Iran has to take some "tough decisions" as world powers seek to hammer out a nuclear deal, U.S. Secretary of State John Kerry said Thursday, according to AFP.
His comments came as he was grilled by lawmakers over the talks between Iran and the so-called P5+1 group of world powers, which are due to start up again in Vienna on Monday.
Under a six-month interim deal, Iran agreed to freeze its uranium enrichment program in return for sanctions relief worth some $6-7 billion, including the transfer of some $4.2 billion in frozen overseas funds.
Kerry insisted during a hearing of the Senate appropriations committee that Washington was testing whether the new Iranian leadership of President Hassan Rouhani was serious in reining in its nuclear program, which the West believes is a covert grab for an atomic bomb.
"We believe we're heading in the right direction. I can't tell you where it's going to finally land, we don't know," Kerry said of the negotiations due to last for the next six months towards a comprehensive deal.
"There's some very tough decisions the Iranians are going to have to make -- very tough -- in order to meet the international community's standard for certainty as to the peacefulness of this program," he added, according to AFP.
He hit back against criticism that Iran was now attracting cash-flow and business back to the country, and that the sanctions relief was being used to fund Hezbollah terrorists fighting in Syria.
Kerry said he had contacted his counterparts around the world amid reports of trade delegations going to Iran.
"We have made it crystal clear that Iran is not open for business. They have accepted that," he declared, according to AFP.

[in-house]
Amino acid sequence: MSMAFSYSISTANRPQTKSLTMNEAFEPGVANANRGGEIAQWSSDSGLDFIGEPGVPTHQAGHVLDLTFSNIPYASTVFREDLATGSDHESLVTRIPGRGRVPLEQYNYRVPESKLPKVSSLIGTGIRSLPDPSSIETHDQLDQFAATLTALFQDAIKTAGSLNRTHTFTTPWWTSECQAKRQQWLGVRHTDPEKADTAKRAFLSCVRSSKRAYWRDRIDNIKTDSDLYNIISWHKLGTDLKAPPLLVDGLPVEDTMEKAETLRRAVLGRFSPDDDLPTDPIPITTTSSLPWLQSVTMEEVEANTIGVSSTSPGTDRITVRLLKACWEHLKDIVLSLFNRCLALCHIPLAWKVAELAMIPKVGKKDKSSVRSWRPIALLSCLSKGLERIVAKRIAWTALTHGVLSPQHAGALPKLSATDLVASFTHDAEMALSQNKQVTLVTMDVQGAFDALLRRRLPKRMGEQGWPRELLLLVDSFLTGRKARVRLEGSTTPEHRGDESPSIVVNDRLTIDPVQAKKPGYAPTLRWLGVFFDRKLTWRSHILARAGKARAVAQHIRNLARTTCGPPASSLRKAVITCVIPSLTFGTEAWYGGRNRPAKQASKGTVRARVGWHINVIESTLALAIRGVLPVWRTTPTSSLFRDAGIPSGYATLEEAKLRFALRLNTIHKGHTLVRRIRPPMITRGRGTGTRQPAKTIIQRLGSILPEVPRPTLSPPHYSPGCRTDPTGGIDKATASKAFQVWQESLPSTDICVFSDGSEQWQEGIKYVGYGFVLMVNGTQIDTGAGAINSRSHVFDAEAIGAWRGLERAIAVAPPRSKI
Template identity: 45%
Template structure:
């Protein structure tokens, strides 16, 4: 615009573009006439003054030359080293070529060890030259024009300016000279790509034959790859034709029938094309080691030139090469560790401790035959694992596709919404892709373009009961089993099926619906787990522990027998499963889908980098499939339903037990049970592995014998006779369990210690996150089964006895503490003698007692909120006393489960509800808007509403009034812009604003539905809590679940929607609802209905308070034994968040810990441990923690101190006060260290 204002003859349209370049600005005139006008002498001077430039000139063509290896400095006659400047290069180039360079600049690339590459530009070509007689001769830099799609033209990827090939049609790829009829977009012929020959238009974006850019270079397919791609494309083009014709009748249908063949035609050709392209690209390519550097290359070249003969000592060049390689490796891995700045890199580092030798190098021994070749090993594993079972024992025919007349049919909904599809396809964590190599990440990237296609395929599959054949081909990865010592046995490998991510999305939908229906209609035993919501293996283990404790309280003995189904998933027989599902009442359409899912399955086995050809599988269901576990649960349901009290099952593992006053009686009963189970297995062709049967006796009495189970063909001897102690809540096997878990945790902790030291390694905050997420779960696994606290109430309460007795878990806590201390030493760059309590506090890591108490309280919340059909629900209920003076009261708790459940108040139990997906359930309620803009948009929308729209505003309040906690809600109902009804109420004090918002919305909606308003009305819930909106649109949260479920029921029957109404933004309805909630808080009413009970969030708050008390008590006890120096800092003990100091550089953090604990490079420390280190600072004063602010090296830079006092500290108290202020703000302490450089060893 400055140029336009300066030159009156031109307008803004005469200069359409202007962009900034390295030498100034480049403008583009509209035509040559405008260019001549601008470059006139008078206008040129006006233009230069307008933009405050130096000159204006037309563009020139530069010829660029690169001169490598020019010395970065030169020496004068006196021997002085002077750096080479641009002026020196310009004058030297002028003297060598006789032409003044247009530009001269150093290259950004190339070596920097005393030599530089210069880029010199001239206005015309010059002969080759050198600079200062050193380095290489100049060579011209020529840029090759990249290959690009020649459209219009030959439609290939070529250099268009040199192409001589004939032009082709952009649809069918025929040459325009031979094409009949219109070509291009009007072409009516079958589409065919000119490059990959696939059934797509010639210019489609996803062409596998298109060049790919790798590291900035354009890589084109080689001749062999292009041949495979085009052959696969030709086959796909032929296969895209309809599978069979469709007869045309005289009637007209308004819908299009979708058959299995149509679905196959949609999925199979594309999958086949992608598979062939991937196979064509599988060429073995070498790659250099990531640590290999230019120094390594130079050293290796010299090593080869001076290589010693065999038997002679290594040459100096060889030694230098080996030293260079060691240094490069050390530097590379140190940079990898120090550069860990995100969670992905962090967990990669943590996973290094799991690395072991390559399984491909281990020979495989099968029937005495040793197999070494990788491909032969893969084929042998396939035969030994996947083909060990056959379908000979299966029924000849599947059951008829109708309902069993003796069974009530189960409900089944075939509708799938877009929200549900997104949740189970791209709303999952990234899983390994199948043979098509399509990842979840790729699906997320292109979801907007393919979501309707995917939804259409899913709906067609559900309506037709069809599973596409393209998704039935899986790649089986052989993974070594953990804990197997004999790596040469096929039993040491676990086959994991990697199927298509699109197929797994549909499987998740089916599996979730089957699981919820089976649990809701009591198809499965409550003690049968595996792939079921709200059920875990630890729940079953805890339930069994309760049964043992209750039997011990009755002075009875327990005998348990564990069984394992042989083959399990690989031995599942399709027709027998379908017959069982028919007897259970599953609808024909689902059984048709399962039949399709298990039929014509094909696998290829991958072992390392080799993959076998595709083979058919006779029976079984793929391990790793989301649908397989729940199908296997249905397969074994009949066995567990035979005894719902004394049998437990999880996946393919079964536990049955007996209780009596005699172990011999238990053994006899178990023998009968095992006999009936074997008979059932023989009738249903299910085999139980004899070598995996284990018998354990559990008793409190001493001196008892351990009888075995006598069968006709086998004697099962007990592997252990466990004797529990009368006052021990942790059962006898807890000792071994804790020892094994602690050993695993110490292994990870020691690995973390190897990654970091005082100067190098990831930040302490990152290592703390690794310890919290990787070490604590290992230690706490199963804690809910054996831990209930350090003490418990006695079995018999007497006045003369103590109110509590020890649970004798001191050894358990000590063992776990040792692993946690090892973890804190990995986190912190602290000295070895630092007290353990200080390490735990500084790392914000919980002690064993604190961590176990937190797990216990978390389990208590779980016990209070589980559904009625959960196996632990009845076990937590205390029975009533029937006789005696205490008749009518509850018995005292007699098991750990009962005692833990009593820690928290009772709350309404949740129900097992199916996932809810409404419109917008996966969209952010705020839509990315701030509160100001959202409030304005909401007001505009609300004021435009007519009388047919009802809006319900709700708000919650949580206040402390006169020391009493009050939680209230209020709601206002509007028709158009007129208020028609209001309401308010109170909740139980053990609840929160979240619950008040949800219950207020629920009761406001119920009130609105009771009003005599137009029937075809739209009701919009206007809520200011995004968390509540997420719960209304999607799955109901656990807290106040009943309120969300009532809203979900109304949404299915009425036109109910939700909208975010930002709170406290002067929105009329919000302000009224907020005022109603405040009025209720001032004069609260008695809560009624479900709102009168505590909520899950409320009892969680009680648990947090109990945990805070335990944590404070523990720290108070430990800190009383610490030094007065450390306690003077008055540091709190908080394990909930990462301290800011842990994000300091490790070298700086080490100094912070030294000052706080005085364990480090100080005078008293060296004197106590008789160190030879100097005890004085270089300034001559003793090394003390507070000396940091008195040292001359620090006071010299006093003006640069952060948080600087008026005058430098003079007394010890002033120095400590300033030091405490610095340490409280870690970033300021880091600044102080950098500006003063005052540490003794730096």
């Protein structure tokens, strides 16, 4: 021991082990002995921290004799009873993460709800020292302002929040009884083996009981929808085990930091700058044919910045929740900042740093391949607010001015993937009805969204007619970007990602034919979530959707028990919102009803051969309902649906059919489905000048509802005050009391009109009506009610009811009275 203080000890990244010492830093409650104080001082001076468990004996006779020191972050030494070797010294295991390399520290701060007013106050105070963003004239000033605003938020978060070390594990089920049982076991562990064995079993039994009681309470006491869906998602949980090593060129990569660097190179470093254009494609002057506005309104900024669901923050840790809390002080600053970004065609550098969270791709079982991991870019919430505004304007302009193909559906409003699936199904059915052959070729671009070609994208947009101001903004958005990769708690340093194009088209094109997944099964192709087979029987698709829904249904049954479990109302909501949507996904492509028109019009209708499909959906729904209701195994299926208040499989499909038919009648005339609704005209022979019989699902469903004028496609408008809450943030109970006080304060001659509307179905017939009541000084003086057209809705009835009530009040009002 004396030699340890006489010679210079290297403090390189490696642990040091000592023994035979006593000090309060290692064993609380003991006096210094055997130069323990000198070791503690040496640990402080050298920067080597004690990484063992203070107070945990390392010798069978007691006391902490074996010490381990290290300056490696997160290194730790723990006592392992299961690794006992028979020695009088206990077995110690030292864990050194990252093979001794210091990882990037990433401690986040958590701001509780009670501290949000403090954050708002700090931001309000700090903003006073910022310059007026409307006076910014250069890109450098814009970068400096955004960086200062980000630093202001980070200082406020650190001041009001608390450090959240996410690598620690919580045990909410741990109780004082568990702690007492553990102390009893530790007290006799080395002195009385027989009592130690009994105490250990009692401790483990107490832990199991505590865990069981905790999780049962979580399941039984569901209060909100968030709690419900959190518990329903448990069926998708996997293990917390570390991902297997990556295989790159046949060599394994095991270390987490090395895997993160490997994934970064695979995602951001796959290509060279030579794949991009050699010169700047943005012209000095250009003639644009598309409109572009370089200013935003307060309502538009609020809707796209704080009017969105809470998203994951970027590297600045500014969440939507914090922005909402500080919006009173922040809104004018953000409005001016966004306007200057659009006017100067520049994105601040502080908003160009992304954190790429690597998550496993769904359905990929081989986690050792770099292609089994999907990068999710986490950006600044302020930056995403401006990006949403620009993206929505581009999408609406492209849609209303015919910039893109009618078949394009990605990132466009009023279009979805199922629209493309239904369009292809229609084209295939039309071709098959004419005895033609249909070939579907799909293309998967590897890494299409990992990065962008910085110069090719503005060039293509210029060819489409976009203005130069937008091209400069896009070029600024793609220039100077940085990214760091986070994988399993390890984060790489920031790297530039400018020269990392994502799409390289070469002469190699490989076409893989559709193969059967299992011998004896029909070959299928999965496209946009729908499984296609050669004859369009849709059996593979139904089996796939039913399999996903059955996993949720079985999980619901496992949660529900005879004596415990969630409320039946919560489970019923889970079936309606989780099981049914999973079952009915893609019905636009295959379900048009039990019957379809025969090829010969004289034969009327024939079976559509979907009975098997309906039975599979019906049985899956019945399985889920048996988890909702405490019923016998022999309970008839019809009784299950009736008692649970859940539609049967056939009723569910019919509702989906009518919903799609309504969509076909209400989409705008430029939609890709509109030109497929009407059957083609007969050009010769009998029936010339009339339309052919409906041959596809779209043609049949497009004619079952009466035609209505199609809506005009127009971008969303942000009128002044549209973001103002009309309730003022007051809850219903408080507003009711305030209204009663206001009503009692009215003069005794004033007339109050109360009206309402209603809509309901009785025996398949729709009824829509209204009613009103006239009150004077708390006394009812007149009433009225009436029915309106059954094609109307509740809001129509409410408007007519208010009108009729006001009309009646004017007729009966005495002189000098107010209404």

"They are not cutting deals. There are people who have traveled, but there have not been new deals."
Last month, Kerry criticized France, after a delegation of French business figures visited Tehran. Kerry had told his French counterpart that the trip, even though organized through the private sector, was “not helpful” in sending the message that “it is not business as usual” with Iran.
France’s Finance Minister rejected the criticism, saying that the 116-person delegation was “a bet” on the future and not “business as usual.”
On Thursday, Kerry stressed again that the tough sanctions regime put in place against Iran had not been dismantled.
"Nothing in the architecture of the sanctions regime has been changed whatsoever. Iran's economy contracted by 6 percent last year. It is expected to contract again this year. Inflation remains at almost 40 percent," Kerry told lawmakers.
He also tussled with Republican Senator Mark Kirk, who suggested that with the sanctions relief Iran now had some $25 billion in liquid assets which it was using to boost payments to Hezbollah.
"I would expect that we would see even more terrorism with this additional money available to the Islamic Republic of Iran," Kirk told Kerry, reported AFP.
Kerry countered that Iran "has huge economic problems" and said around $15 billion to $30 billion of Iran's earnings, mainly from oil revenues, was being siphoned away and frozen in overseas accounts.
"So they're losing. They're losing enormous sums of money and more than a hundred billion dollars that is now frozen," he claimed.
Some American lawmakers have been pushing for stronger measures against Iran even after the deal was reached, despite warnings from the White House that this could scupper the negotiations and lead to a military confrontation with Iran.
President Barack Obama has promised tough action against firms violating sanctions against Iran, saying the U.S. “will come down like a ton of bricks” on any sanctions violators.